Home Biologist Biologists move endangered Hawaiian creeper to Kauai in attempt to save species

Biologists move endangered Hawaiian creeper to Kauai in attempt to save species



After days of searching, a team of wildlife biologists trying to find an endangered Hawaiian creeper family in the Kauai rainforest managed to locate a chick.

The 6-month-old Akikiki chick – nicknamed Erica for now – was flown by helicopter Sunday to the Maui Bird Conservation Center run by the San Diego Zoo Wildlife Alliance.

There, it will go through a 30-day quarantine, then eventually join some forty others who hatched in the center from eggs collected in the forest.

The team had been camping in the Halehaha area of ​​Alakai Nature Reserve in Kauai for 10 days, trying to find and rescue what they believe to be the last remaining Akikiki in the area.

They believe the last survivors are a family of four, including a breeding pair and their two chicks, plus possibly another bird.

Akikiki, or Oreomystis bairdi, are very small, pale gray and white, and are only found on Kauai.

They are on the brink of extinction, experts say, as rising temperatures due to climate change are pushing invasive mosquitoes – and avian malaria – to higher altitudes in the forests where they live.

At the Maui Bird Conservation Center, veterinarian Deena Brenner gave the chick a thorough examination upon arrival and said that overall she looked healthy and healthy. The chick was given fluids to help with mild dehydration.

“It was a big day for this little bird,” she said.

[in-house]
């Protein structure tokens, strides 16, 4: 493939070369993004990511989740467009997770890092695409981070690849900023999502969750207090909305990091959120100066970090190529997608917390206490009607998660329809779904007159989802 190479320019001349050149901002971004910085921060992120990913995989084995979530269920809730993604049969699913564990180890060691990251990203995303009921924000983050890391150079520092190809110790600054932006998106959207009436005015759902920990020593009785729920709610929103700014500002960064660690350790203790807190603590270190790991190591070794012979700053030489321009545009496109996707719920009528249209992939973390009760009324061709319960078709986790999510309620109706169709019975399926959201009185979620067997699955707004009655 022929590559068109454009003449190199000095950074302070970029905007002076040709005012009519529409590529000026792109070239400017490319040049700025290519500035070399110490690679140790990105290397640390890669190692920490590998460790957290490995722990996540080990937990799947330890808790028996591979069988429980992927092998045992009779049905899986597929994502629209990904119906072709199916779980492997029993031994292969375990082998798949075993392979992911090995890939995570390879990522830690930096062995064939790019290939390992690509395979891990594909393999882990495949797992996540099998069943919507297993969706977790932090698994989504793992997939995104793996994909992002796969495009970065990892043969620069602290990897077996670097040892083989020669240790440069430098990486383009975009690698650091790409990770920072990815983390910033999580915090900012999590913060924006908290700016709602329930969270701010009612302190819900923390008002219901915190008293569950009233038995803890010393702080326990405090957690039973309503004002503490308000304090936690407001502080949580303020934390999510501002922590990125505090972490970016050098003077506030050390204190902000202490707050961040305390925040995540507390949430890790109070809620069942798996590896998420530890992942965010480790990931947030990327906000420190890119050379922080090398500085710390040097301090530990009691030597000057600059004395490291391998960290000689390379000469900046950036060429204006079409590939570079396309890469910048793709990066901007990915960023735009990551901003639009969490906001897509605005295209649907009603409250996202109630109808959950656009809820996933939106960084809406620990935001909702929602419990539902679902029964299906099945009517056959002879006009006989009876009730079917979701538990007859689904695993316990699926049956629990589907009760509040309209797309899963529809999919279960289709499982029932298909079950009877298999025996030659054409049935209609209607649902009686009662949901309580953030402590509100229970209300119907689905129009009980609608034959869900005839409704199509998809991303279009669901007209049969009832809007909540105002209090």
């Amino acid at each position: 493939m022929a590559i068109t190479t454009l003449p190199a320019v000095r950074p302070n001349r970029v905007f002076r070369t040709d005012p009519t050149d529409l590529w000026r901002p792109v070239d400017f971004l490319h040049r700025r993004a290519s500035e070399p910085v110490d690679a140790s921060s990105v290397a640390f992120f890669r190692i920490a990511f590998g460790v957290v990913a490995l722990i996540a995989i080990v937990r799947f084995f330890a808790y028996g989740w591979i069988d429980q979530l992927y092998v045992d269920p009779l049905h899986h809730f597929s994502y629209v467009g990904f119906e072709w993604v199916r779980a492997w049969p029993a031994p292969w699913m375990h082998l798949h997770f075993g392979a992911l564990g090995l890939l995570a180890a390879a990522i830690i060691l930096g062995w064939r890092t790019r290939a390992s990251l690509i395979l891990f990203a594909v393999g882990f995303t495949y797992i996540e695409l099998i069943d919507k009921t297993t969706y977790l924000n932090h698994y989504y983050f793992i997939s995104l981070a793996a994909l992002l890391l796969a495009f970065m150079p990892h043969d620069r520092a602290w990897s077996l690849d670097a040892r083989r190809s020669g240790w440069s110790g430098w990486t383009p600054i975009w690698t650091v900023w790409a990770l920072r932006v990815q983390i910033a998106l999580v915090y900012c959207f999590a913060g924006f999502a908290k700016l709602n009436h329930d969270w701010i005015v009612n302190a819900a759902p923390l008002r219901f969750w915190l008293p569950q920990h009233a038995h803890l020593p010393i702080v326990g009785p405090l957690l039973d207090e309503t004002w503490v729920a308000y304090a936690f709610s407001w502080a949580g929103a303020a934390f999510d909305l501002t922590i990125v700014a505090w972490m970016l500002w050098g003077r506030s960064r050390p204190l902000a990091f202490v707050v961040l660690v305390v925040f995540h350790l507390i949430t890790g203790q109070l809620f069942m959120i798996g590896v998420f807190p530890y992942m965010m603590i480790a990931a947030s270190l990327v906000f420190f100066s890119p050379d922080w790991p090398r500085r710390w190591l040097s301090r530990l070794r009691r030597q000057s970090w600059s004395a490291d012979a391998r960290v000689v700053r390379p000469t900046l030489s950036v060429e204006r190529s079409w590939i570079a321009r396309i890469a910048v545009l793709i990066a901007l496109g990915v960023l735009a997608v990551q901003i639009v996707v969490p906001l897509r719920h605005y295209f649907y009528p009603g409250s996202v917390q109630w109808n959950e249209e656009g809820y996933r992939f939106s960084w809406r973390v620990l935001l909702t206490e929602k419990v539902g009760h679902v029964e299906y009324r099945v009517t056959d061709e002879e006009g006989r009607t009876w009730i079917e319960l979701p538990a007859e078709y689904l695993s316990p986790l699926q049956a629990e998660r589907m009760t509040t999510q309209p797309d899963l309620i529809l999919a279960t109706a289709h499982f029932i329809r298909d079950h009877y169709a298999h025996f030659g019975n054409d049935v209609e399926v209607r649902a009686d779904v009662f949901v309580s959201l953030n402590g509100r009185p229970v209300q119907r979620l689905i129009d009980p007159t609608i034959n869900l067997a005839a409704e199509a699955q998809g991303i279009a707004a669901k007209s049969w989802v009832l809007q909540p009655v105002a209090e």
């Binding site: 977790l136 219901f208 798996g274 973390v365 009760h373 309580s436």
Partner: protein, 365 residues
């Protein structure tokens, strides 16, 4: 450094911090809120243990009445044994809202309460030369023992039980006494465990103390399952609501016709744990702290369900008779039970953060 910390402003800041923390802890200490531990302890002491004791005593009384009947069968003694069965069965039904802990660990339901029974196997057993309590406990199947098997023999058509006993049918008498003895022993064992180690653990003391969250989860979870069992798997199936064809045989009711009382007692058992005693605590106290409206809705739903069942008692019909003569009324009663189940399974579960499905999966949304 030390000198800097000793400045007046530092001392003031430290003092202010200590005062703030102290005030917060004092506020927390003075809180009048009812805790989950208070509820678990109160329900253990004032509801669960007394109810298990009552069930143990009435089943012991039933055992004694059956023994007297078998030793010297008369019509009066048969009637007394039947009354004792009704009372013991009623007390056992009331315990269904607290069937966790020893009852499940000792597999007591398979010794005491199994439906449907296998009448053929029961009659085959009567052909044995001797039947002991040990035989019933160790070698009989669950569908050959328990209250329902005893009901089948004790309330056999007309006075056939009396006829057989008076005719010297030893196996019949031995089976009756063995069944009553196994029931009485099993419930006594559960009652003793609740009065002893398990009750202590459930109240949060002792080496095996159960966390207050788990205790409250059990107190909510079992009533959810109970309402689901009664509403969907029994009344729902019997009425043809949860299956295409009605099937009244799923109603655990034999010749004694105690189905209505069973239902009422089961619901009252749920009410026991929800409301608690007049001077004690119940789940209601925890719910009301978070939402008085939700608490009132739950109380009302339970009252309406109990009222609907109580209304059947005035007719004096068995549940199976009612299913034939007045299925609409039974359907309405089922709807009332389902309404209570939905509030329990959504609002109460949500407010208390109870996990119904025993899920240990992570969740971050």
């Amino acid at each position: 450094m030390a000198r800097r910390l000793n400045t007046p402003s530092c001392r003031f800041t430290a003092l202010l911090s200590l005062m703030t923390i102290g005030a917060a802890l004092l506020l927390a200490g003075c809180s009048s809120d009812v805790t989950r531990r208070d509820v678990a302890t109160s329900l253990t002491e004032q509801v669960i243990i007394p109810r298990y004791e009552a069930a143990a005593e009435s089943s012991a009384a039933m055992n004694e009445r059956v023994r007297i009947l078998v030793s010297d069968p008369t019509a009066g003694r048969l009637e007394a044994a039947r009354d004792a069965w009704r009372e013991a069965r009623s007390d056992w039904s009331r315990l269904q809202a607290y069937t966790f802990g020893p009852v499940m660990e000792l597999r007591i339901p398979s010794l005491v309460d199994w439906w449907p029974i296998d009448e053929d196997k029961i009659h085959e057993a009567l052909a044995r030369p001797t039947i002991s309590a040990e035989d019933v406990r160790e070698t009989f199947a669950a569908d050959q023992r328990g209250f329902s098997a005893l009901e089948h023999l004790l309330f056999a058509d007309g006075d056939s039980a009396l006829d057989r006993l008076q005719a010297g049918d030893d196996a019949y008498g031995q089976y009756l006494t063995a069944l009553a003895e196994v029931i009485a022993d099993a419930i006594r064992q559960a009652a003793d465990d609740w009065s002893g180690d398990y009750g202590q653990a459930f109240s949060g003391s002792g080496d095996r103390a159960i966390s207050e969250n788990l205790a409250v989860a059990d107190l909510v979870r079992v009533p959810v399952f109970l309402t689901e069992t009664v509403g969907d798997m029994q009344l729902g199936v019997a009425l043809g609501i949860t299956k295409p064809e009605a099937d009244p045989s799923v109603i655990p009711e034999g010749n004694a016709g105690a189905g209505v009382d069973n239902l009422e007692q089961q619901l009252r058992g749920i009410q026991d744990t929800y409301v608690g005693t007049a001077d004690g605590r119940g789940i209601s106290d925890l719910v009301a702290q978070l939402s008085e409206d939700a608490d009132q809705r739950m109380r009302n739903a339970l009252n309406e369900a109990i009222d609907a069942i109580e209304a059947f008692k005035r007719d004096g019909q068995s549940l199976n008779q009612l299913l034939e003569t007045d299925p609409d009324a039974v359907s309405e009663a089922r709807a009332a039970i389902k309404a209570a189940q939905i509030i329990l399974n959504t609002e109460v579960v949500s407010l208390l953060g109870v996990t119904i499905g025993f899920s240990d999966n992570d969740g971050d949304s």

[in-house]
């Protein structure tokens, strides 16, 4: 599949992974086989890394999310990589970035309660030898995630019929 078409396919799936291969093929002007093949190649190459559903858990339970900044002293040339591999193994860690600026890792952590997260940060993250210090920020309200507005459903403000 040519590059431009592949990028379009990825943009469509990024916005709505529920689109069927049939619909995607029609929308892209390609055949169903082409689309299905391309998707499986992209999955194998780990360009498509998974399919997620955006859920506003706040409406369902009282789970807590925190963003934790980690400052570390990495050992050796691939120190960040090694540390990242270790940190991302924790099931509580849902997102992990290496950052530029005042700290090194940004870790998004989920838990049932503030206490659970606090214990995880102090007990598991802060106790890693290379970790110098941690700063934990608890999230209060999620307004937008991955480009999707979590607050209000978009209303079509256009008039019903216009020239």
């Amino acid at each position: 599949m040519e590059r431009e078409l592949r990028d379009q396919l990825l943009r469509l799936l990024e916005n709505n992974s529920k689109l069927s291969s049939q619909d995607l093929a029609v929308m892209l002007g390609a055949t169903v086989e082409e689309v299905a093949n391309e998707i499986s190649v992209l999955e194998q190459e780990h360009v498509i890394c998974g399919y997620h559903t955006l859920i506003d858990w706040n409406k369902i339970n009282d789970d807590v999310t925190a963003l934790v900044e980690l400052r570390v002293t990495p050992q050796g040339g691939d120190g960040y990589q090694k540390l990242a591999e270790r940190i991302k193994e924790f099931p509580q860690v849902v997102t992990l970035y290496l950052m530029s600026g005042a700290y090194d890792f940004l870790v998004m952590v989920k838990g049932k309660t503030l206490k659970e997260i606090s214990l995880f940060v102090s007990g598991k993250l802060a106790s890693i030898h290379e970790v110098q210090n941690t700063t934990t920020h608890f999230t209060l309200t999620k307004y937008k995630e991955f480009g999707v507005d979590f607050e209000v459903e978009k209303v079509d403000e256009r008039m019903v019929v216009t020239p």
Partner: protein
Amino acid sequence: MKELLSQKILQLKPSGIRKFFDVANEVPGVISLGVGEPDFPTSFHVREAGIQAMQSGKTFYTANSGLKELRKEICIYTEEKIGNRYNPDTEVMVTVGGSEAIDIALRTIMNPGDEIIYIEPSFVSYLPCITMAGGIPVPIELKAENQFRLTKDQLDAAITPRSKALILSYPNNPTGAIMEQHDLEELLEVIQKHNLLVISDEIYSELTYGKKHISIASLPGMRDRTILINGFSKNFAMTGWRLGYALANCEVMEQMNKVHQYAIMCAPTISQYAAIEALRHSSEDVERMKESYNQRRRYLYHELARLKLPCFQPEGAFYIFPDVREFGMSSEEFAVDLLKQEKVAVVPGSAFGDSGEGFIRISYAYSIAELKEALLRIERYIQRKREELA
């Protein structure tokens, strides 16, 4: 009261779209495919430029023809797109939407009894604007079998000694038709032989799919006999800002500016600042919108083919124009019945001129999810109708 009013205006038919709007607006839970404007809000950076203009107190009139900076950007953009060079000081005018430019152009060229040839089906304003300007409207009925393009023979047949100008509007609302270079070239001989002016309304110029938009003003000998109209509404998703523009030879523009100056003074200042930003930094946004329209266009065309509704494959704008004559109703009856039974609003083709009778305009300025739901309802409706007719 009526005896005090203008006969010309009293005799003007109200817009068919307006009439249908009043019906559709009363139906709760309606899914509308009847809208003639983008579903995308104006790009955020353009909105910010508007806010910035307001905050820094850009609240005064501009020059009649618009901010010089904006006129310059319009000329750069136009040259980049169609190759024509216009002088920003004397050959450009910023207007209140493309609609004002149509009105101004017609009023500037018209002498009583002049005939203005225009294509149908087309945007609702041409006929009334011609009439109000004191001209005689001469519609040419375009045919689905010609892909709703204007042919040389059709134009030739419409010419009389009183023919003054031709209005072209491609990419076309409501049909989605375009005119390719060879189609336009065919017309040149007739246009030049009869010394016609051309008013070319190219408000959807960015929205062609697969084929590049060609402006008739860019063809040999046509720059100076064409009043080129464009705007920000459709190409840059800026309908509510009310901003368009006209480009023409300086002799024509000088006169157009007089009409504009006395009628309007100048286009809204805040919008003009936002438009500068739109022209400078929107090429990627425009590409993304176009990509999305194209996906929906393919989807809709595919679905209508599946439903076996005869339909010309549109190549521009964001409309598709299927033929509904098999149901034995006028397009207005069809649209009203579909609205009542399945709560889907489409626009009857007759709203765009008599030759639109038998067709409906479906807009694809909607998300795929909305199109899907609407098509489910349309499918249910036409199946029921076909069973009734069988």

The number of akikiki in the forest has plummeted in a decade, bird experts say, and could disappear in less than two years without “landscape-scale control of disease-carrying mosquitoes.” Experts have estimated that there are fewer than 100 – and probably less than 50 – akikiki left in Kauai.

Cali Cramptom of the Kauai Forest Bird Recovery Project noted that in 2018 there were nests everywhere compared to this year where only one breeding pair was found.

“I was hoping we weren’t here,” Crampton, who heads the search and rescue mission, said in a statement. “I also know we were hopeful when we started the conservation breeding flock with the egg collections. We wanted to set up mosquito control before they invade here. Unfortunately, we are running out of time for this particular species and this particular field site. “

The transfer plan has been approved at state and federal levels as part of an emergency effort to prevent the extinction of the akikiki, officials said.

Biologists plan to eventually release the bird into the forest when efforts to reduce its mosquito population are complete, but that could take several years.